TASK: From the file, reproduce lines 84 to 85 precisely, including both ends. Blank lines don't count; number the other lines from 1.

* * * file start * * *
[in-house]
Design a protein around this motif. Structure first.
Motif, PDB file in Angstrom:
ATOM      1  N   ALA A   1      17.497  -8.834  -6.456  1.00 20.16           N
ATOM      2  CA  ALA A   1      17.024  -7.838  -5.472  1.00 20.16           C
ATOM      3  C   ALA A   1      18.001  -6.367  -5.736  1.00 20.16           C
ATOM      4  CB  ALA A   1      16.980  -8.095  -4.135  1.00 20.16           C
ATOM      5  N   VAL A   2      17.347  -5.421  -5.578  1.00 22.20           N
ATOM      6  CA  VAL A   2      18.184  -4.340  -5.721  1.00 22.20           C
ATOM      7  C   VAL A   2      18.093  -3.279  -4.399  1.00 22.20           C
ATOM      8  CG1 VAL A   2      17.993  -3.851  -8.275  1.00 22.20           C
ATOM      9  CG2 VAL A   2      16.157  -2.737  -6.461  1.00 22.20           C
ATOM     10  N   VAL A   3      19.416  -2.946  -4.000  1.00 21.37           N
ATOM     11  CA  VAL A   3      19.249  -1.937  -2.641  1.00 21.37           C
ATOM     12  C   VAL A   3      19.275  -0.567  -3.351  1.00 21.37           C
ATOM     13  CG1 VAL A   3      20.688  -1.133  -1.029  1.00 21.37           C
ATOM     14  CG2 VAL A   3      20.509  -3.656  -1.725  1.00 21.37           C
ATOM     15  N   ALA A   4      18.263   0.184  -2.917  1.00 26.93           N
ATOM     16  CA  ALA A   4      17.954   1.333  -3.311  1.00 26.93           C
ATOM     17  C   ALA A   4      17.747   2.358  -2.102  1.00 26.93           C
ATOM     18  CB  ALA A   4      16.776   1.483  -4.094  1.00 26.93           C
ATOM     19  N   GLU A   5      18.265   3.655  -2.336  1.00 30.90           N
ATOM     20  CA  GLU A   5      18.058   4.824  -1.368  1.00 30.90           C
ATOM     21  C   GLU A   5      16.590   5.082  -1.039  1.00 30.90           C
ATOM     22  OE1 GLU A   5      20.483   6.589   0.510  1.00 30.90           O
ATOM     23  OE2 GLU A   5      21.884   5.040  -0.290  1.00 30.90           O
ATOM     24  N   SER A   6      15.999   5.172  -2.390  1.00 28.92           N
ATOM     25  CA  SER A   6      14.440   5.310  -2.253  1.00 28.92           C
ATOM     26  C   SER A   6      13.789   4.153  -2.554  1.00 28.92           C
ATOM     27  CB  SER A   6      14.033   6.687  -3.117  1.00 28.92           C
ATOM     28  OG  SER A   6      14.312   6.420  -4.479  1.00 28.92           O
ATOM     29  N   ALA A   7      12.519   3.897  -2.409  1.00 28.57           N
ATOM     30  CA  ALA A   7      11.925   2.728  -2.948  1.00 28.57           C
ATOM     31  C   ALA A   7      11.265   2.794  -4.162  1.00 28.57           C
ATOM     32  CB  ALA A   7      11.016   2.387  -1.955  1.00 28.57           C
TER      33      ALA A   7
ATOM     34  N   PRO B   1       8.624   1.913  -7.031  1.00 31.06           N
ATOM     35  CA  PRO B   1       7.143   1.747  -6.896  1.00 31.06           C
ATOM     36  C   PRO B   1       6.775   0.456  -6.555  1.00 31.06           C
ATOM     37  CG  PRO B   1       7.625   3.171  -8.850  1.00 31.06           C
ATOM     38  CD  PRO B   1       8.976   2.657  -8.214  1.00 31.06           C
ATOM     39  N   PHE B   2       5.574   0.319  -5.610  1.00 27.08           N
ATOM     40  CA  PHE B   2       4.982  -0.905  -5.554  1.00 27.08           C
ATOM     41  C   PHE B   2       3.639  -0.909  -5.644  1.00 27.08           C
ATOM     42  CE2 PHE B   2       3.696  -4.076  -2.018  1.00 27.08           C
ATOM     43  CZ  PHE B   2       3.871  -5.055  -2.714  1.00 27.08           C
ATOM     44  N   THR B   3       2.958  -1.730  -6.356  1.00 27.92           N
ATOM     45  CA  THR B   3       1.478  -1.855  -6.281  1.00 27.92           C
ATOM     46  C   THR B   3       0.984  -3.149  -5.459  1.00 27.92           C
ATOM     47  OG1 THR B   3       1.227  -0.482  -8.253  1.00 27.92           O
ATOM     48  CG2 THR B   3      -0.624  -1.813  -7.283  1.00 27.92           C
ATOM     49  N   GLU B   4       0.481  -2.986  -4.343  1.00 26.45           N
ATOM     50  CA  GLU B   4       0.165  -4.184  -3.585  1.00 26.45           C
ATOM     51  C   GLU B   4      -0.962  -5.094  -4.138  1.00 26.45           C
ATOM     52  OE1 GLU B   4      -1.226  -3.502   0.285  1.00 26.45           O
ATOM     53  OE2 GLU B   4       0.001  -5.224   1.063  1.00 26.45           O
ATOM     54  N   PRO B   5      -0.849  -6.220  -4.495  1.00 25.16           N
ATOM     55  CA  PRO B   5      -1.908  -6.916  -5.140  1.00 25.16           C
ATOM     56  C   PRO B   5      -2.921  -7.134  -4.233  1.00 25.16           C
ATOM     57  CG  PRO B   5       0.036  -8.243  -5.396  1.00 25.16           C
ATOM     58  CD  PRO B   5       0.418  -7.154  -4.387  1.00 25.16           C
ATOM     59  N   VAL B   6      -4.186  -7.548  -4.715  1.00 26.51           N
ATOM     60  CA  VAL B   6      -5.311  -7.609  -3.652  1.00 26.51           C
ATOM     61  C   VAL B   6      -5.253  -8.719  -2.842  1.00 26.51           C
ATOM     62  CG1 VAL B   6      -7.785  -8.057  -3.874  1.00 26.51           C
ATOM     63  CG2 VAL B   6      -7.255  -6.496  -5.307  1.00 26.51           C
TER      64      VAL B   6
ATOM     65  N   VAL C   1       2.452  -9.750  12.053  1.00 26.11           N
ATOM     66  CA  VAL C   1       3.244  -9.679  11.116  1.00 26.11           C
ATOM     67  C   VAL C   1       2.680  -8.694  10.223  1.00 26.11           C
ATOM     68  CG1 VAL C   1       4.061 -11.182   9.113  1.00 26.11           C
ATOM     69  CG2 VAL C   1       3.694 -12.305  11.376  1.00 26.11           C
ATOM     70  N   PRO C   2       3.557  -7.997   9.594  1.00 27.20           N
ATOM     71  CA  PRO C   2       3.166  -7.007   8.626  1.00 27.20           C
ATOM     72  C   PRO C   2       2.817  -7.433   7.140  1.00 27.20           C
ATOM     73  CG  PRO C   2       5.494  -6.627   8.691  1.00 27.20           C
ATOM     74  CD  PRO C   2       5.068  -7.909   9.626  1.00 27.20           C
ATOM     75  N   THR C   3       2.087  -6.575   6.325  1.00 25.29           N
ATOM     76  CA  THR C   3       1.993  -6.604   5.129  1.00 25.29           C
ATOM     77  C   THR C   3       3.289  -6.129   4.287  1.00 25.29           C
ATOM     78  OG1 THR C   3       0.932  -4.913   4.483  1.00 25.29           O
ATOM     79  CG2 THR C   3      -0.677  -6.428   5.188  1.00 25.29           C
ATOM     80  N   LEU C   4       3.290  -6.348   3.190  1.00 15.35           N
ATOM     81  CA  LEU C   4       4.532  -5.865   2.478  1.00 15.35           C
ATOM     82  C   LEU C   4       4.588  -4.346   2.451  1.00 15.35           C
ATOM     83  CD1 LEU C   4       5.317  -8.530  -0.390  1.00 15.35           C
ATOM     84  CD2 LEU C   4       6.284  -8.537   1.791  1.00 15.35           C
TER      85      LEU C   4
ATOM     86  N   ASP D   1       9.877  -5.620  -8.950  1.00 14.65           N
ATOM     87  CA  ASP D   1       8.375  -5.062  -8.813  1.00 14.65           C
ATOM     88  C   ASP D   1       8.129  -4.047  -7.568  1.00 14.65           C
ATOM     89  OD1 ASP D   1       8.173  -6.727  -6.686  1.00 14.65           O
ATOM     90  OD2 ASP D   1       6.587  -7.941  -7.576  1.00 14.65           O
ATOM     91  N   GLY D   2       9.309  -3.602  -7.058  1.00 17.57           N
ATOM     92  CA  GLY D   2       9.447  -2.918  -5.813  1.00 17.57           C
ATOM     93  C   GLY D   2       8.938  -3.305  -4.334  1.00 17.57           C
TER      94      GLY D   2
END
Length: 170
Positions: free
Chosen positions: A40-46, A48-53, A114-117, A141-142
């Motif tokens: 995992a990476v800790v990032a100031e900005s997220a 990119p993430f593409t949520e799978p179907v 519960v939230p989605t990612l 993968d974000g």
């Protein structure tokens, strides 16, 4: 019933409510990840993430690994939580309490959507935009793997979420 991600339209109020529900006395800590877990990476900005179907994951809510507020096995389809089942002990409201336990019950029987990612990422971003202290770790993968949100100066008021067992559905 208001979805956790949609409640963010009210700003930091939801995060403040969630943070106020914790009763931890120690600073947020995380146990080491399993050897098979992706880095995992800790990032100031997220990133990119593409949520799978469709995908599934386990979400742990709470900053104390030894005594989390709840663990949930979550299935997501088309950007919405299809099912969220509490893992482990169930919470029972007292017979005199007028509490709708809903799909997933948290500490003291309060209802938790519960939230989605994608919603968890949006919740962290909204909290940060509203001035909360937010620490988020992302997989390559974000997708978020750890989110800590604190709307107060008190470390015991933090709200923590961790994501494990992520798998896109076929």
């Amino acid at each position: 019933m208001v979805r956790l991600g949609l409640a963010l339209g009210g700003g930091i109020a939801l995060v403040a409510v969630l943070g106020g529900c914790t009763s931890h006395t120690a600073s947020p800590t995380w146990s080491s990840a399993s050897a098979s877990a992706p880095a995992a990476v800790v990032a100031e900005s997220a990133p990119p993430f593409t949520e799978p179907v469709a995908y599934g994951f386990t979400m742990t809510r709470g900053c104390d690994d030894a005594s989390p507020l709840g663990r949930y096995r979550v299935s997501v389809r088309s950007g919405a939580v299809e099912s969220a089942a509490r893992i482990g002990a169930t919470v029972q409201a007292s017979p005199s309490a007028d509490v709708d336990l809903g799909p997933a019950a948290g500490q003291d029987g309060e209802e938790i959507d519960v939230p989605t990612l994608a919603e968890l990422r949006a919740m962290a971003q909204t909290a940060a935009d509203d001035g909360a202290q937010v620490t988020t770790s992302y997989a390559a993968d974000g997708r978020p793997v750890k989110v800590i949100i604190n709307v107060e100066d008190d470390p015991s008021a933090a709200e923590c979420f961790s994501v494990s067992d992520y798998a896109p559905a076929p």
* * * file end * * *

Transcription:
ATOM     81  CA  LEU C   4       4.532  -5.865   2.478  1.00 15.35           C
ATOM     82  C   LEU C   4       4.588  -4.346   2.451  1.00 15.35           C